Error criteria such as R2, RMSE and MAE of training and testing phases are given in Table 6. For training phase, the coefficient of determination (R2), the root mean square error (RMSE) and the mean absolute error (MAE) were 0.983, 0.21 N/cm2/disk and 0.137 N/cm2/disk, respectively for unit draft. For the testing set, the corresponding values were 0.8713, 0.584 N/cm2/disk and 0.394 N/cm2/disk, respectively for unit draft.

Figures 3 through 5 show the relationships and coefficients of determination between the observed and the predicted values of draft, unit draft and energy requirements, respectively, using ANN model during testing phase. From these figures, it is clear that the

Table 6. Error criteria during training and testing process of ANN model.

###RMSE###MAE###R2

###Performance parameters

###Training###Testing###Training###Testing###Training###Testing

###Draft (N/disk)###282.136###794.456###187.171###567.845###0.9803###0.8733

###Unit draft (N/cm2/disk)###0.210###0.584###0.137###0.394###0.9830###0.8713

Energy requirement (kW.h/ha/disk)###0.867###2.793###0.587###1.910###0.9846###0.8374

points, during the testing process, were not uniformly scattered around the regression lines and coefficients of determination (R2) was 0.8733.,0.8713 and 0.8374, respectively as illustrated in Figures (3) through (5).

The Qnet algorithm computed the contribution percent which indicates how the change in each input changes the output prediction. The contribution percentage of the ten input variables to the outputs was calculated using the developed ANN model and results are illustrated in Figure 6 for draft, unit draft and energy requirements. This figure can be used to ascertain the relative contributions (and importance) of each of the ten input parameters. As evident from Figure 6, the input parameter with the largest contribution is the soil moisture content. This input parameter contributes about 23.44%, 17.36%, and 18.49%, respectively, for the predicted output obtained for draft, unit draft and energy requirements of disk plows by the developed ANN model.

To validate the developed ANN model, the field experiments data were tested with the newly developed ANN model to predict draft, unit draft and energy requirements of disk plows. Figure 7 depicts the relationship between plowing speed vs. field and predicted values of draft of a disk plow. It is clear that the predicted pattern behaves as field pattern (i.e. increasing plowing speed results in increasing draft force of a disk plow). However, the coefficient of determination (R2) as shown in Figure 8 between the actual data from the field experiment and the predicted values from the developed ANN model of draft of a disk plow was 0.983 which indicates accurate prediction of such draft.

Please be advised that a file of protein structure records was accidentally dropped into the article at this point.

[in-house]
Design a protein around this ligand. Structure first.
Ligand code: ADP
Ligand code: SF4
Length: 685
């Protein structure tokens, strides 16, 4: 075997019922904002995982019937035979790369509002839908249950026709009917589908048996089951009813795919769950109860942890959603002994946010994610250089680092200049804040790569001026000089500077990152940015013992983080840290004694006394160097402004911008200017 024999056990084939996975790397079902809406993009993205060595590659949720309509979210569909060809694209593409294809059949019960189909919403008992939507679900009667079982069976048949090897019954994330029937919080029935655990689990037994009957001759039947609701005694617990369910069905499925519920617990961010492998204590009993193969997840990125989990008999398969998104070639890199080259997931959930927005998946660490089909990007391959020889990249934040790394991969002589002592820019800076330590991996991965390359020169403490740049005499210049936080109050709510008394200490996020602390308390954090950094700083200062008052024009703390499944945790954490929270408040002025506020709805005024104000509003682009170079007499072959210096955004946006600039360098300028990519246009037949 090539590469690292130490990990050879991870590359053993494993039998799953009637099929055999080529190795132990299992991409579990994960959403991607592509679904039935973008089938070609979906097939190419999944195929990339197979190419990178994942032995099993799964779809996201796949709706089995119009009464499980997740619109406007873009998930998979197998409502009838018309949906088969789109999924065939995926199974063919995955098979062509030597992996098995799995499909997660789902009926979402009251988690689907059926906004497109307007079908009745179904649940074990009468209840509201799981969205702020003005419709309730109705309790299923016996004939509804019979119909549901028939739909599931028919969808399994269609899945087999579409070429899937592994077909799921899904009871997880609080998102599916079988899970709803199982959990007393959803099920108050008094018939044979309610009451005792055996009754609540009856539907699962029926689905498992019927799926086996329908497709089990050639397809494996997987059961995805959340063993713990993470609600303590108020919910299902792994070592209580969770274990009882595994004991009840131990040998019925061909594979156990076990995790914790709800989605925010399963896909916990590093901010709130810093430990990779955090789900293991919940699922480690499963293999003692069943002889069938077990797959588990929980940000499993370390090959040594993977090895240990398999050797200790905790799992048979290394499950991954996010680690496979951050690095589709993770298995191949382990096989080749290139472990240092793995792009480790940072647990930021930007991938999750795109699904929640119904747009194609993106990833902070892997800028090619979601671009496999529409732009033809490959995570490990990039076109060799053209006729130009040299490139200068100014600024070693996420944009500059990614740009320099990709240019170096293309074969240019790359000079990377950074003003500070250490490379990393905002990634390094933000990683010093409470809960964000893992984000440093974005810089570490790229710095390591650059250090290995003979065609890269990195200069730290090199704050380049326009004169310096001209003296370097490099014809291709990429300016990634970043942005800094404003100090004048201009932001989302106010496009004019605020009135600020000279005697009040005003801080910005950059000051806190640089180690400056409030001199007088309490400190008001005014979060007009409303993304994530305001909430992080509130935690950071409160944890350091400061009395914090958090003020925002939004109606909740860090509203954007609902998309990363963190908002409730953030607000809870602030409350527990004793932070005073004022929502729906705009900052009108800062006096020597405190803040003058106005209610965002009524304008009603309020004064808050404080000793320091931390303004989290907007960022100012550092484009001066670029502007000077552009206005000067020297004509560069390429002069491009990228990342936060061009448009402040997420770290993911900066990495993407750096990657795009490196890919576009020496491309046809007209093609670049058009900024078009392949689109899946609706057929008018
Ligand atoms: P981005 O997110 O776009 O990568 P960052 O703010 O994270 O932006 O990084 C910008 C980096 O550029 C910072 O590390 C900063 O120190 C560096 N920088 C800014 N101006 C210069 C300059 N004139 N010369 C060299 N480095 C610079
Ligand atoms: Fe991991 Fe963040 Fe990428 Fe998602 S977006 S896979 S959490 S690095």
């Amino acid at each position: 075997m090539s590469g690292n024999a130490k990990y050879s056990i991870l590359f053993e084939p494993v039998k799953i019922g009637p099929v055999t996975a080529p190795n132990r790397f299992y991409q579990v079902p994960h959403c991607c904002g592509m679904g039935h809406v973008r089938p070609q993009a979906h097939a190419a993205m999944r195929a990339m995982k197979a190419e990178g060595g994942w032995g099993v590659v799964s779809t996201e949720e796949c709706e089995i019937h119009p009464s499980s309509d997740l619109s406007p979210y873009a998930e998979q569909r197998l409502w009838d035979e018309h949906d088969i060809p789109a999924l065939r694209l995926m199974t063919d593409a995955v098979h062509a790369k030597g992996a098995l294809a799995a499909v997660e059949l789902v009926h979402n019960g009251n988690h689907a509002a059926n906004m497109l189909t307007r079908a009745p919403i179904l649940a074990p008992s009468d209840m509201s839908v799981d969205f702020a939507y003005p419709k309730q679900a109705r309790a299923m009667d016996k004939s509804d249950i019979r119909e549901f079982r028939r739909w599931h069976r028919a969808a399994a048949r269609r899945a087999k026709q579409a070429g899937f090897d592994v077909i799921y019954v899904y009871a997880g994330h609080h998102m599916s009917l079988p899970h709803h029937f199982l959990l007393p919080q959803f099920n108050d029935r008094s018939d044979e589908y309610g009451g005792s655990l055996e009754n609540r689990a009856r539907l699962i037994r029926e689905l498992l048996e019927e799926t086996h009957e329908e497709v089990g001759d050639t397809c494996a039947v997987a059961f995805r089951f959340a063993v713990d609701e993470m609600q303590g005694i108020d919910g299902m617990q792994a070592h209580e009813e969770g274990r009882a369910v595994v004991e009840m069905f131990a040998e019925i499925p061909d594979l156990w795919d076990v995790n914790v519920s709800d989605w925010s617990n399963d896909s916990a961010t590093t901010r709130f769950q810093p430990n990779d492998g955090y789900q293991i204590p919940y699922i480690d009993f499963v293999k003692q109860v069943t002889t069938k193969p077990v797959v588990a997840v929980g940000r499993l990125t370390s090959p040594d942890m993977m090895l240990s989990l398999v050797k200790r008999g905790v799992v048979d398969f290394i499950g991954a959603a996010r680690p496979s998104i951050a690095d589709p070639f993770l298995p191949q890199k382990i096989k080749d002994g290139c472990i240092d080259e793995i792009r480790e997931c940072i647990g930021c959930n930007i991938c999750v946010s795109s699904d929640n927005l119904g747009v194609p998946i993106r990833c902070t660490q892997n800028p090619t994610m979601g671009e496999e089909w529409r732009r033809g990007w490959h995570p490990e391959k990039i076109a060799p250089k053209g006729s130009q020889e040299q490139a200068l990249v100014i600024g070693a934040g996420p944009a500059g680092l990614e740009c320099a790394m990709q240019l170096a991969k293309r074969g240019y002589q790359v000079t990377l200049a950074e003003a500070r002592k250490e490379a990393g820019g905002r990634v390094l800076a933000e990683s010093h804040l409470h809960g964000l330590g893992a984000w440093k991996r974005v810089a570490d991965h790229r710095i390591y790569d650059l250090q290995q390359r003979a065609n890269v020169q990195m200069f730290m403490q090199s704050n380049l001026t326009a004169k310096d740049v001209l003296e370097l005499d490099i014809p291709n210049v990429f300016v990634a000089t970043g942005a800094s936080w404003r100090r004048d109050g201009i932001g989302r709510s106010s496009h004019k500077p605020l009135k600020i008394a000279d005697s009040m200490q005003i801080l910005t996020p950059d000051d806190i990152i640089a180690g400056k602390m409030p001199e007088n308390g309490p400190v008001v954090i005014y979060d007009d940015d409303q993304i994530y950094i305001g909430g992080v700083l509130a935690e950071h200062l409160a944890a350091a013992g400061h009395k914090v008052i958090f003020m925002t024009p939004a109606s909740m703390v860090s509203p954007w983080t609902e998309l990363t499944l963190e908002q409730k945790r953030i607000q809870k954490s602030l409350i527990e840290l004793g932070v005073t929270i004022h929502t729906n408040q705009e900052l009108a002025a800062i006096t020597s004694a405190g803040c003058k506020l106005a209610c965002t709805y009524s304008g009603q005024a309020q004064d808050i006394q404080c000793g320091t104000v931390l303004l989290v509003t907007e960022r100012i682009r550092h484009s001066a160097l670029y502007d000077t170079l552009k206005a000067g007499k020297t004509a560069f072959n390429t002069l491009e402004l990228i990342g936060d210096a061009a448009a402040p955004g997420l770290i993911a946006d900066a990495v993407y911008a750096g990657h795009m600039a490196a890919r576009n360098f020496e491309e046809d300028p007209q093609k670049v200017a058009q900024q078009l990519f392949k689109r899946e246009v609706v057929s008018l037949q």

Conclusion: ANN model was developed for the prediction of the performance parameters (draft, unit draft and required energy) of the disk plow. The appropriate architecture of the neural network was 10-8-3. Based on the results, the ANN model appears capable of providing accurate predictions of the disk plow's performance.

Acknowledgement: The authors express their gratitude to the National Plan for Science, Technology and Innovation Program, King Saud University, Saudi Arabia for financially supporting this research effort as a part of the project entitled "Modelling of energy consumption during seed bed preparation operation based on soil mechanical properties", No. 09-SPA876-02.

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Appendex (A): The following equations were used to predict draft, unit draft and energy requirements of a disk plow based on training ANN model: Step 1: Normalizing the original input variables as follows: (Equations) Step 2: Computing the sum of input signals as follows: (Equations) Step 3: Applying the sigmoid transfer function on the sum of input signals as follows: (Equations) Step 4: Computing the sum of hidden signals as follows: (Equations) Step 5: Computing the normalized output signals as follows: (Equations) Example: Predict draft (N/disk) of a disk plow, plowing speed was 7.85 km/h, plowing depth was 10 cm in soil having 79% sand, 10% clay and 11% sill. Disk diameter was 66 cm, disk angle was 45deg, tilt angle was 22deg, the soil moisture content was 9.5 % (d.b) and the soil density was 1.58 g/cm3.

Then by applying equation (33-a), the draft value is obtained and equals to 2378.51 N/disk. The observed draft was 2433.33 N/disk. So, the error was (2433.33-2378.51)/2433.33 100 =2.25%.
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Publication:Journal of Animal and Plant Sciences
Article Type:Report
Date:Dec 31, 2013
Words:5357